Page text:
Before retiring from paid work I was involved in training and supporting educators in the use of technology to enhance learning. An important issue was to ensure that technology was designed and used in such a way that it did not disadvantage people with disabilities and special needs. One way to promote this was to point out that if one ensured that the technology was accessible to everyone then this potentially benefited everyone, not just those with particular needs. This is because making the tools and materials of learning more accessible increases the flexibility with which each individual can interact with these resources.
I was reminded of this when I read a report of a recent interview Melanie Sykes gave to the Guardian. Sykes said:
"… I now know the education system wasn’t set up in a way that I was able to function there. It crowbars you into a certain way of thinking and being, and if you don’t fit the bill you get left behind. That’s why we need to tear down the education system and rebuild it, so it suits everyone… Learning shouldn’t be just sitting in a classroom and being forced to learn algebra or French when your brain doesn’t work like that. What a waste of your childhood. I can’t read a number that’s over five digits, and there’s no way that doing an hour of maths every day for five years would have changed that.”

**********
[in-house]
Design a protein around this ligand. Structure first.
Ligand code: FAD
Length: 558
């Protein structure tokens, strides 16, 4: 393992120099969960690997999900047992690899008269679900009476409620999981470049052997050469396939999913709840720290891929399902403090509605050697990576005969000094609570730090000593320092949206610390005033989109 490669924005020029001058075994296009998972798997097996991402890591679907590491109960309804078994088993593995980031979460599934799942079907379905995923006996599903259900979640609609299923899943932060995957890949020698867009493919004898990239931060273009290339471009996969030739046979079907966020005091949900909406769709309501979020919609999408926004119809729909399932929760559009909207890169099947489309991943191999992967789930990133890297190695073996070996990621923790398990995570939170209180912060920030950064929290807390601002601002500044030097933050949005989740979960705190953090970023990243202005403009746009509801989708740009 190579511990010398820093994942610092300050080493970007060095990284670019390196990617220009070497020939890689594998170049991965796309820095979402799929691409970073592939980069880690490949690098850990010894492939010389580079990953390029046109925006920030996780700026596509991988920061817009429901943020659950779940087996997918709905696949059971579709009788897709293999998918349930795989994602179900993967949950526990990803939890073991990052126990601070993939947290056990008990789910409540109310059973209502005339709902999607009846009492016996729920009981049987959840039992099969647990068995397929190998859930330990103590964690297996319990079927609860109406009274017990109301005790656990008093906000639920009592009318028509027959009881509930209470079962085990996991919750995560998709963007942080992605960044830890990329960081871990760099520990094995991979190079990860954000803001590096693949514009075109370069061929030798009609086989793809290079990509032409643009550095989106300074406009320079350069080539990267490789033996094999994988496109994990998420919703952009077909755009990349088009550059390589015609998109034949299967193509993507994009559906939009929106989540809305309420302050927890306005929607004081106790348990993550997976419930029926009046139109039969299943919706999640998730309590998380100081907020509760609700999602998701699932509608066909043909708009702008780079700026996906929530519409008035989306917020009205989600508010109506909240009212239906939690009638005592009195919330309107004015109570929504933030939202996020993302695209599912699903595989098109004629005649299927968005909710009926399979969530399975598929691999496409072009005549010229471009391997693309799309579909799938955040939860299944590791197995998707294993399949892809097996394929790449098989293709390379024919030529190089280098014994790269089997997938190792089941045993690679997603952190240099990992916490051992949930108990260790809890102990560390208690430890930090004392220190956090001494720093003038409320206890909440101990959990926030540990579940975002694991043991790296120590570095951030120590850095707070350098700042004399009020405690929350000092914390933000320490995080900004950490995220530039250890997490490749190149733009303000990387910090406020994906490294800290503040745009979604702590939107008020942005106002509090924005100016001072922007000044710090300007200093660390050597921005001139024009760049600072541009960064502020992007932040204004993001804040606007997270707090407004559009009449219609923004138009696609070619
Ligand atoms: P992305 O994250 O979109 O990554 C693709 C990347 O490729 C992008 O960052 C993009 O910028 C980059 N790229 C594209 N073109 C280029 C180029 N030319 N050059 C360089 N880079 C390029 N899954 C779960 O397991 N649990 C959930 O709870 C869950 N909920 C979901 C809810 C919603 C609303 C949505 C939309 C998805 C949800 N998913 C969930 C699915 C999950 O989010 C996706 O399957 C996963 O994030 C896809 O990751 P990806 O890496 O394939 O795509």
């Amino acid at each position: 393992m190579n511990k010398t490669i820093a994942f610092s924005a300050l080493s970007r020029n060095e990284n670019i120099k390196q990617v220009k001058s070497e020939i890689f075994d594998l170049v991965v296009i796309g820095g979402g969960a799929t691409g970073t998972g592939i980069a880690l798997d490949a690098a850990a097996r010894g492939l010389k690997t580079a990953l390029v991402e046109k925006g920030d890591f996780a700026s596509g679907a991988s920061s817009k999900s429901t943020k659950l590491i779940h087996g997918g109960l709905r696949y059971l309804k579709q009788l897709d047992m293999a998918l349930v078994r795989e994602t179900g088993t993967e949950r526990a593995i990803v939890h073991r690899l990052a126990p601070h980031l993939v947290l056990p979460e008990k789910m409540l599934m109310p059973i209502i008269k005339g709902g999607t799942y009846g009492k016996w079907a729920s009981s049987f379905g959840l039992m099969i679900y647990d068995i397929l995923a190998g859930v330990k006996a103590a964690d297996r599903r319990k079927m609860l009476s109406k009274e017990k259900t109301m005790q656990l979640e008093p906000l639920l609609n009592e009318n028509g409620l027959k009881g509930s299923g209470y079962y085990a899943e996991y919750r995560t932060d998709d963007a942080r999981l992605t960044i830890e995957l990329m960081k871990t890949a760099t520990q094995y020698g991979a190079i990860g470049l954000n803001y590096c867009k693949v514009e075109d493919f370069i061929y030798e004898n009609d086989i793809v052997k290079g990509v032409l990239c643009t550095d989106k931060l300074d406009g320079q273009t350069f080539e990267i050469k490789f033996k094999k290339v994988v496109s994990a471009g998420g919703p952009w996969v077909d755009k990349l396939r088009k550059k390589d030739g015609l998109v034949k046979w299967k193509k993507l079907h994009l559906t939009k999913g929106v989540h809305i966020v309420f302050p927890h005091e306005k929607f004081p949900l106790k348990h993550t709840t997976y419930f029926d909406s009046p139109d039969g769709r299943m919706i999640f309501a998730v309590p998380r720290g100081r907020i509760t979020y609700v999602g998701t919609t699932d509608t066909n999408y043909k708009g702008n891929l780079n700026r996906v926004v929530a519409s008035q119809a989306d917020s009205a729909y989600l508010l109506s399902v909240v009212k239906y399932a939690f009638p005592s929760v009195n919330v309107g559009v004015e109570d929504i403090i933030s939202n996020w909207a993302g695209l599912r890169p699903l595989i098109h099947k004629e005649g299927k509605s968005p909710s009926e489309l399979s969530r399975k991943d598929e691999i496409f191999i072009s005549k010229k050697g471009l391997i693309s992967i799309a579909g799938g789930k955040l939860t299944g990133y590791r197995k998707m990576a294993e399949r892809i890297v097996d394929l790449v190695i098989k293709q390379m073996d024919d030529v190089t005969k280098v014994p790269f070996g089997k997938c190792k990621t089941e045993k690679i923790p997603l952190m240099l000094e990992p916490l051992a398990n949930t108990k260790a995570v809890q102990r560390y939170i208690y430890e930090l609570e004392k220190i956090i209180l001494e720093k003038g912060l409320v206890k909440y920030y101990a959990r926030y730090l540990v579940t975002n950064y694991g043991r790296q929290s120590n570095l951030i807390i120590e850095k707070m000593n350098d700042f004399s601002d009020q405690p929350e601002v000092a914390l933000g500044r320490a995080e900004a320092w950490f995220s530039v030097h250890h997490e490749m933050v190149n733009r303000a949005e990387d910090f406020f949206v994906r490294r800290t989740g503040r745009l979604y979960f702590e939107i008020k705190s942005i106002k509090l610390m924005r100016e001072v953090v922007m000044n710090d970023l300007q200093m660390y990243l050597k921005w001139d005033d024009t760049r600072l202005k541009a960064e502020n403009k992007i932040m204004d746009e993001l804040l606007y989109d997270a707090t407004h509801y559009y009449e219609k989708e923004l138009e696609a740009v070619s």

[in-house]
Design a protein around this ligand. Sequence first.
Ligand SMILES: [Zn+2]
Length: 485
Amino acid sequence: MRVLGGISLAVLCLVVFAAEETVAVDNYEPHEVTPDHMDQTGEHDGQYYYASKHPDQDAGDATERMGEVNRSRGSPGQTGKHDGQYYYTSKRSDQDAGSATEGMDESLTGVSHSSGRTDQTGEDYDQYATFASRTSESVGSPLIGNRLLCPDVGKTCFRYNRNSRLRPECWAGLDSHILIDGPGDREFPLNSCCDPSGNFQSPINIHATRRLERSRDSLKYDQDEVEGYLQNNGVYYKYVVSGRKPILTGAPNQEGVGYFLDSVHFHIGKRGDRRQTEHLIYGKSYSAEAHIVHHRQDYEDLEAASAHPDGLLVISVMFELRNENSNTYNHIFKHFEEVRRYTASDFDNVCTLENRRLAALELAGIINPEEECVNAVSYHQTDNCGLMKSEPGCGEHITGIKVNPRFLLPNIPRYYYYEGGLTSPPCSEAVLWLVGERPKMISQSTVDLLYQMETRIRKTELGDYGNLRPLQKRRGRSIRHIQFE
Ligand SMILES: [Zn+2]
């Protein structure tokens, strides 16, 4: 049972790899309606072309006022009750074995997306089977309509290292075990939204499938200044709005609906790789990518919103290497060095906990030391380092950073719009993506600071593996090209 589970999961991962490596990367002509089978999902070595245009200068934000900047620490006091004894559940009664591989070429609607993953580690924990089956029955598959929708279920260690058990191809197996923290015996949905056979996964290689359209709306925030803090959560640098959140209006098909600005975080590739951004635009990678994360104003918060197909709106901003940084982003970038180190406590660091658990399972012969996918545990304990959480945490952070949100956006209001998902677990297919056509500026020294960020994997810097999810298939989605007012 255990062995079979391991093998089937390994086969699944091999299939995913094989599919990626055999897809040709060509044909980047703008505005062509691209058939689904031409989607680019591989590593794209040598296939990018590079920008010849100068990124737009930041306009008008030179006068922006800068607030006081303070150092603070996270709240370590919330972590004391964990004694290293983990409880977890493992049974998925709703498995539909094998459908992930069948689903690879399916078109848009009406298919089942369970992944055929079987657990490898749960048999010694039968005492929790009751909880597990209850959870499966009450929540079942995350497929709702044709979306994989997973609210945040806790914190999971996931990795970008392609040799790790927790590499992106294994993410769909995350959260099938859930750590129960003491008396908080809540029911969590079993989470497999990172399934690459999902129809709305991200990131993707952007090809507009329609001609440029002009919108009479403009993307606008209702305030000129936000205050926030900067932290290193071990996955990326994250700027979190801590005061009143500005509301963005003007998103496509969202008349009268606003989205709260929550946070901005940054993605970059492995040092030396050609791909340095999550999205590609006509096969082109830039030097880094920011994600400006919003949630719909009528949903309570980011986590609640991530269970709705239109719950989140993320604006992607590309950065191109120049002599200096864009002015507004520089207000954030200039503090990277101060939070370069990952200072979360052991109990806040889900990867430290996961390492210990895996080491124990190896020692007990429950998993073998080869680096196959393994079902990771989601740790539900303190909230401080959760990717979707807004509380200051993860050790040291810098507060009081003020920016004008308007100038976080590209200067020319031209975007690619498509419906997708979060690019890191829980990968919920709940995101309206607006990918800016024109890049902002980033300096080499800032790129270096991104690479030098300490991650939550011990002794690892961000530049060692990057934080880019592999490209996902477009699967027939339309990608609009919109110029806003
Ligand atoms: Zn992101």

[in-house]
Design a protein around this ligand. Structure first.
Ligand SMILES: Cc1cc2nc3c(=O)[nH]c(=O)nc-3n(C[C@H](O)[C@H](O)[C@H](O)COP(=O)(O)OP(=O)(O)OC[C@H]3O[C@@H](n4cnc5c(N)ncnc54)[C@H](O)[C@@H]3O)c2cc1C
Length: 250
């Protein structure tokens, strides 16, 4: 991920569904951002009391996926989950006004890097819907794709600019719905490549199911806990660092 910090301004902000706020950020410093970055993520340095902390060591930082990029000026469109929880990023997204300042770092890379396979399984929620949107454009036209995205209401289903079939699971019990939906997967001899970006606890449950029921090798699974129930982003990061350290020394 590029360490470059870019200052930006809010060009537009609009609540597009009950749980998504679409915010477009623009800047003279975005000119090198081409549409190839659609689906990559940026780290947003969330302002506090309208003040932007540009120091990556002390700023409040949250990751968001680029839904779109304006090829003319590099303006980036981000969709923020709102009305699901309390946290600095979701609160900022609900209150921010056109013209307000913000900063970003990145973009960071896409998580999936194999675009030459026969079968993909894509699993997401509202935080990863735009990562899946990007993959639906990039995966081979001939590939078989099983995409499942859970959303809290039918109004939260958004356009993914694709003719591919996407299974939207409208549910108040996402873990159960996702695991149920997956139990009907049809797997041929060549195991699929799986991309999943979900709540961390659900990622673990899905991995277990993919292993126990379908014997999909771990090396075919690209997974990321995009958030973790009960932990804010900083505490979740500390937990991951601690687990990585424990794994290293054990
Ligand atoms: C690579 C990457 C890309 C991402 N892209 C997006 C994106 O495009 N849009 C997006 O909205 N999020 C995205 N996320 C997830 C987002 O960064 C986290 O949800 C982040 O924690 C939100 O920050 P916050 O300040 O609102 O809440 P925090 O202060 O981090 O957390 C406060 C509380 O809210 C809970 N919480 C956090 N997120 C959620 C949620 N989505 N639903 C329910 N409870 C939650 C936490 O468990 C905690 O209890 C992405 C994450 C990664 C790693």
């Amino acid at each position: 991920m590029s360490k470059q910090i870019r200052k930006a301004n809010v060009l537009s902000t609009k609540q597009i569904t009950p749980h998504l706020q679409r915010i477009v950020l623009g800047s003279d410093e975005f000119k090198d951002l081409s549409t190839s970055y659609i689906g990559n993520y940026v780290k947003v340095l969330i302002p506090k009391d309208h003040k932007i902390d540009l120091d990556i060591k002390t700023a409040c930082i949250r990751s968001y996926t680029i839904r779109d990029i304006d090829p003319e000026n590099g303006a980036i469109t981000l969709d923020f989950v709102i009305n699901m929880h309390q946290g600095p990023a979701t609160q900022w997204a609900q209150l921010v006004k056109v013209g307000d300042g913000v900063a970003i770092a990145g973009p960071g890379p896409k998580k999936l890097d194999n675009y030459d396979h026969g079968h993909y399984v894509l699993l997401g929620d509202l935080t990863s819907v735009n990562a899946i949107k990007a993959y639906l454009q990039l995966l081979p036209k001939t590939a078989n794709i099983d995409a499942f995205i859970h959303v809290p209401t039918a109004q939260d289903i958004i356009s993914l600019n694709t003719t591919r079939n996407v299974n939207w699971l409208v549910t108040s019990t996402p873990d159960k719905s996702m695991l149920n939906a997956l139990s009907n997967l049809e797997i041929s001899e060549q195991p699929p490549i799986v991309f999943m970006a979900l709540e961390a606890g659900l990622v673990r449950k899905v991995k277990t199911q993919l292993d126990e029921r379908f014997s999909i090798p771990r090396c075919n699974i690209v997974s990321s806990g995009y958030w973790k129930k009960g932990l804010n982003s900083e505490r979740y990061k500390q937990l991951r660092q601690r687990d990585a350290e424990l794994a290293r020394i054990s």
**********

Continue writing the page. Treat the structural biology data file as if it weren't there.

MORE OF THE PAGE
Although this was said in the context of Sykes' diagnosis of autism, I suggest that the principle I outlined in my first paragraph also applies here. The lack of flexibility in the curriculum, the "crowbarring into a certain way of thinking and being", does not only disadvantage those with autism, but potentially disadvantages just about everyone. The (allegedly) neurotypical brain might, to quote Sykes again, "not be typical at all. So the system that supports those types of brains isn’t necessarily what should be the norm.”
But the reality is that the way our education system works does reinforce the illusion of the neurotypical brain. So it is little wonder that "if you don’t fit the bill you get left behind." To give but one example, consider the following, from the UK Government's statutory guidance for the National curriculum in England: mathematics programmes of study:
"The expectation is that the majority of pupils will move through the programmes of study at broadly the same pace."
This statement is just nonsense. It is evident to anyone with experience of how young people learn that the majority of pupils most certainly do NOT - in any meaningful way -"move through the programmes of study at broadly the same pace." We all have very, very different ways of relating to the world, and our education system should surely be rebuilt to both acknowledge and celebrate this.
Image: : Demolition of Netherhall Lower School - 23 by John Sutton, CC BY-SA 2.0, via Wikimedia Commons